Hassan Abdulrazzak is of Iraqi origin, born in Prague and living in London. His first play, Baghdad Wedding, premiered at the Soho Theatre (2007). Other productions were at the Belvoir Theatre, Sydney (2009) and by Akvarious productions in India (2012). It was also broadcast on BBC Radio 3. His second play, The Prophet was staged at the Gate theatre (2012). He has also written two full-length screenplays and translated several plays for the Royal Court theatre.
Hassan received the George Devine, Meyer-Whitworth and Pearson awards.
We will present a rehearsed reading of a section of the play.
Directed by Tom Bailey. Starring well known local actors Jordan Whyte as Rana and Chris Bianchi as Kathum.
My Dad the Iraqi
A new piece of performance in early development from Suzie Zara.
Suzie Zara speaks to her dad, a Catholic born Iraqi from Bagdad. Having been encouraged to look up to the west, he came to England with high hopes after running away from Military Service. 40 years on, what he found is not necessarily what he had expected.
Suzie Zara is a half-Iraqi performance maker, she founded Muving Film Fest and is an original member of the well loved former Bristol performance company The Special Guests.
Iraqi Kawleeya Dance Fiora Touliatou
Fiora will be performing the Kawleeya, which is an energetic and passionate folk dance of the Iraqi gypsies.
Fiora Touliatou is a professional bellydancer specialising in Egyptian style and has a deep passion for Iraqi Kawleeya, Khaleegi and Romani (gypsy) styles. She lives in Cardiff, but also performs in South Wales, Bristol and London. Over the last year, she has been collaborating with an Arabic band in London and has been performing at various Iraqi and Kurdish family parties and events.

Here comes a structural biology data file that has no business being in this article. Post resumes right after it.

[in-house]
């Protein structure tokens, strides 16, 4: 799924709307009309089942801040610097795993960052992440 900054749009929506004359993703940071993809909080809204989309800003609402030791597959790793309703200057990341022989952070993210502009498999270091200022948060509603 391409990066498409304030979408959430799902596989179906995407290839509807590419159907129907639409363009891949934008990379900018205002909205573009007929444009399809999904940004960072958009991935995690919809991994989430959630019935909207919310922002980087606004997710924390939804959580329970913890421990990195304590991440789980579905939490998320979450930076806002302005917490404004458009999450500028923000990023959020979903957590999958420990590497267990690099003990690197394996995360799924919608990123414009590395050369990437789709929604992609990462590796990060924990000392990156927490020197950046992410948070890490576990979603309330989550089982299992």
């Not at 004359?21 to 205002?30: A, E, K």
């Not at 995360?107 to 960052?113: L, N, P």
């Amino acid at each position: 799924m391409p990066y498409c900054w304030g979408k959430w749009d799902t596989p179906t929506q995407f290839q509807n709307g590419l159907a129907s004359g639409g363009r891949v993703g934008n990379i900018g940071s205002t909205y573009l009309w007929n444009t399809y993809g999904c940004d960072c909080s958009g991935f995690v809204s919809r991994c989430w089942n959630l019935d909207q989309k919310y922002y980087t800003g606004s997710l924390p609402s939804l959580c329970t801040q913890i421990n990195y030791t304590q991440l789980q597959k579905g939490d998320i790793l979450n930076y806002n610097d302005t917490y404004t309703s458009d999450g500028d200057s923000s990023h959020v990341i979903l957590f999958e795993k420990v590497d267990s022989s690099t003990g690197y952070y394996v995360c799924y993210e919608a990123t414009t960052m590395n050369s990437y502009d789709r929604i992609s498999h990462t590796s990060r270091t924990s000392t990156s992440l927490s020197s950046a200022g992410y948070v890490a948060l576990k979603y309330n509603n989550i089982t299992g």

‘Found in Translation: Poems for and from Iraq’
In January, four UK poets joined their Iraqi counter-parts in Kurdistan for a week of translation. Local performers Malcolm Hamilton, Suzie Zara and Tom Bailey will select and recite their favorites. Translations by Jen Hadfield (TS Elliot prize winner 2008), William Letford, John Glenday (Griffen Prize shortlisted) and Krystelle Bamford.
City of Salt
City Of Salt are an experimental and startlingly contemporary Arabic three piece who tear apart the rule book. Exploring Middle Eastern traditions through jazz, noise and improvisation their unusual compositions and non-conformist attitude will send a shiver down the spine of the purist. Combining the oud, clarinet and electric guitar, members of City of Salt soundtracked the film ‘Broken Record’ that also appears at this year’s festival. Their performances at Reel Iraq coincides with the international release of their debut album ‘Towers Open Fire’ released on US label Fire Museum Records.
Live visuals by Parine Jaddo, director of ‘Broken Record’
City of Salt are:
Paed Conca, clarinet
Omar Dewachi, oud
Sam Shalabi, electric guitar
City of Salt – Soundcloud
Supported by Arts Council England/ Lottery